Recognize the Causes of HypopigmentationA common cause of hypopigmentation is damage to skin tissue, such as skin infections, blisters, burns, or other trauma to your skin. While some other hypopigmentation is caused by genetic disorders in the body. You may experience loss of pigment in the affected skin area. The loss of the pigment that causes white spots can be permanent or temporary, some cannot be treated as a whole and some need more time for the re-pigmentation process. There are also several other conditions that require special treatment efforts. Some causes of hypopigmentation, namely:
Vitiligo is an autoimmune disorder, where pigment-producing cells are damaged. Vitiligo appears as a white patch on the skin. In some people, these spots can appear throughout the body.
Albinism is a rare congenital disorder caused by the absence of enzymes that produce melanin. This results in a lack of pigmentation in the skin, hair and eyes. An albino (albinism sufferer) has an abnormal gene that limits the body in producing melanin. This disorder is most common in white people.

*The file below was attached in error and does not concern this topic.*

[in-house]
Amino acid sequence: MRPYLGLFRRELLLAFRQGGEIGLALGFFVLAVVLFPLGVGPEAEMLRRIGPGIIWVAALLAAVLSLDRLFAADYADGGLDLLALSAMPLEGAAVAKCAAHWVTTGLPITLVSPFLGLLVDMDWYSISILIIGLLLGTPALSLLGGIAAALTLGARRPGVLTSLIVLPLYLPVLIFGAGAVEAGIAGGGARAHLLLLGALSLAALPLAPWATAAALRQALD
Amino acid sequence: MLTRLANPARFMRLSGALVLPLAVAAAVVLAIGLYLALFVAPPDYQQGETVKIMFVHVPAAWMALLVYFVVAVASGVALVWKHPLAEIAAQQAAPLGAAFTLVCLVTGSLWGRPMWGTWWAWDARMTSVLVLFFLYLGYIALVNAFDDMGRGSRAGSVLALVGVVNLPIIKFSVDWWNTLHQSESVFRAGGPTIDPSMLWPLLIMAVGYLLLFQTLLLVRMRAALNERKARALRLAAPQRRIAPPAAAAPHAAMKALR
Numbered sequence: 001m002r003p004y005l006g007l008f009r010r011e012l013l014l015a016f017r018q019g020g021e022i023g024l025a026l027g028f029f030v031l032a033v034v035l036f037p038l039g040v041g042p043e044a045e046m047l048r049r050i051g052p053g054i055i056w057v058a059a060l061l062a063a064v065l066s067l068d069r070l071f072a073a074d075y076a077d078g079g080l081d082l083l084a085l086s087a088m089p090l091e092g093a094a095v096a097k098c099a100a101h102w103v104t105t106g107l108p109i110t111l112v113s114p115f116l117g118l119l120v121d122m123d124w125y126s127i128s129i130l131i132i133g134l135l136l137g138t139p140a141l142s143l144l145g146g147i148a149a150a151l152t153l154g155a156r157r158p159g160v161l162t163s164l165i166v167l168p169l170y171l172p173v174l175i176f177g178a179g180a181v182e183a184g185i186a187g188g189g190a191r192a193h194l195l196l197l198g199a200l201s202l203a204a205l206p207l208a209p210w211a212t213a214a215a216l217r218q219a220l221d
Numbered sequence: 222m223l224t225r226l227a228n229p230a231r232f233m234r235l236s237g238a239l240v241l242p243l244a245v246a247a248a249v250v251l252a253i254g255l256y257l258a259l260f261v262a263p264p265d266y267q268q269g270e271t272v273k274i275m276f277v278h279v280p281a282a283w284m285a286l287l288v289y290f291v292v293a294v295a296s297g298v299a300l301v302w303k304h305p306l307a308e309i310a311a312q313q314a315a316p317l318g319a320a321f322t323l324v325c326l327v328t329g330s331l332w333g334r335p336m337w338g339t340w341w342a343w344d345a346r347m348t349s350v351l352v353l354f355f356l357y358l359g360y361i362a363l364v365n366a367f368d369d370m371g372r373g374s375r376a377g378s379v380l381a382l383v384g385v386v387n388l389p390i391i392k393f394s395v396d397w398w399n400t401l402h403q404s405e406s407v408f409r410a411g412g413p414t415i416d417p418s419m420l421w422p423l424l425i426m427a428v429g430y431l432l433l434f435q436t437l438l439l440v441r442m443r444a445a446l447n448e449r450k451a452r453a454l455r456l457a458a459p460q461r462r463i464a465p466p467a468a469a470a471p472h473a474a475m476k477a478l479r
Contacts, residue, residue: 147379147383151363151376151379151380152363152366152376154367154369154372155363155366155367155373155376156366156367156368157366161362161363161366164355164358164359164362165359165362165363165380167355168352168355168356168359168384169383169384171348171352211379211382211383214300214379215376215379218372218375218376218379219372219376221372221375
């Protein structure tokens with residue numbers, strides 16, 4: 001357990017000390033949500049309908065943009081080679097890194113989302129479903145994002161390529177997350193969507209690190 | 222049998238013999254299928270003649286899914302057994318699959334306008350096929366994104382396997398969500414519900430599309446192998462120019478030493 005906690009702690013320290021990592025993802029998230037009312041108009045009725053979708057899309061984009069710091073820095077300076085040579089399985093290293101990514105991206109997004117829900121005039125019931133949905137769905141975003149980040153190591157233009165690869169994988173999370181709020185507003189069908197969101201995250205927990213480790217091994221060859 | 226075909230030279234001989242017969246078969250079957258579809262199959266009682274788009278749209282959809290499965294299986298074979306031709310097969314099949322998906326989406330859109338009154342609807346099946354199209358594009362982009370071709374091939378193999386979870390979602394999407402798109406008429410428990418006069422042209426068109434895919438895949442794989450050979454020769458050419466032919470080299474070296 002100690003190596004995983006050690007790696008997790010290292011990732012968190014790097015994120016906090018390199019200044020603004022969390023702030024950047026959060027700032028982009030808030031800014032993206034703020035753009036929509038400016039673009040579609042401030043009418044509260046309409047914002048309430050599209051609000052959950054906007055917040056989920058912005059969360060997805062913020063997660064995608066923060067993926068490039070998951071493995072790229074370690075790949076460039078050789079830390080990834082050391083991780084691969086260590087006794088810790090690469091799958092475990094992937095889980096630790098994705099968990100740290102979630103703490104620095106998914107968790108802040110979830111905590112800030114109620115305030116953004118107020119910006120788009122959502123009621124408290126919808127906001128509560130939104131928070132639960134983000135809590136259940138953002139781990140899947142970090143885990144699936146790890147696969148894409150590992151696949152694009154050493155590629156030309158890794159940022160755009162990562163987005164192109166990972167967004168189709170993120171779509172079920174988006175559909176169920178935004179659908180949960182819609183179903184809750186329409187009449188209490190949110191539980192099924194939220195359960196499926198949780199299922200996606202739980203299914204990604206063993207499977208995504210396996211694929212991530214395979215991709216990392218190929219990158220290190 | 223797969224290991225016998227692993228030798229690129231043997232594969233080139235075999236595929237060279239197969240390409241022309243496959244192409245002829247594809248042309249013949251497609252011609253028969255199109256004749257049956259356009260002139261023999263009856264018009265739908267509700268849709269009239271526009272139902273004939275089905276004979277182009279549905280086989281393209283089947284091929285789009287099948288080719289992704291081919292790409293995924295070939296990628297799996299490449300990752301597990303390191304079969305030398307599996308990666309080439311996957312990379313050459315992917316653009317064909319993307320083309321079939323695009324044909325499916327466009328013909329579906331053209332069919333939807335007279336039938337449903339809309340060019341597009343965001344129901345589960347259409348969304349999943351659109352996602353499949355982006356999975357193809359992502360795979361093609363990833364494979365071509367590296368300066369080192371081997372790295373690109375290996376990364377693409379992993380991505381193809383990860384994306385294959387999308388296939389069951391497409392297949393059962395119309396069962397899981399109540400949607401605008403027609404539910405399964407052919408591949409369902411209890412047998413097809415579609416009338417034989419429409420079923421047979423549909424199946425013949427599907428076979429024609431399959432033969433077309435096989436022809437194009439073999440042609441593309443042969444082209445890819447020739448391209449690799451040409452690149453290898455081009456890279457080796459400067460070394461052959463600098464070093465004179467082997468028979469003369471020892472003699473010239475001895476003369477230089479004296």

Although it is known not to be classified as an infectious disease, but until now it has not been clearly known what the exact cause of pytiriasis alba. This condition can be related to a history of eczema, skin inflammation, and allergies. One typical symptom that he has is pale colored patches on the surface of the skin in certain body parts, such as the face, neck, chest, back and upper arms.
Hypopigmentation complaints can also be caused by the infection process. Among them are pytiriasis versicolor or often known as tinea versicolor, and leprosy which is also known as leprosy. Tinea versicolor is caused by fungal infections that grow on the surface of the skin and cause hypopigmentation spots. While leprosy is caused by a bacterial infection of Mycobacterium leprae, which in the initial phase causes complaints of hypopigmentation on most skin surfaces.
This condition occurs related to the inflammation process experienced by the skin, both due to a history of skin diseases and scars, especially burns, such as being exposed to the exhaust, scalded, or irritated by chemical exposure.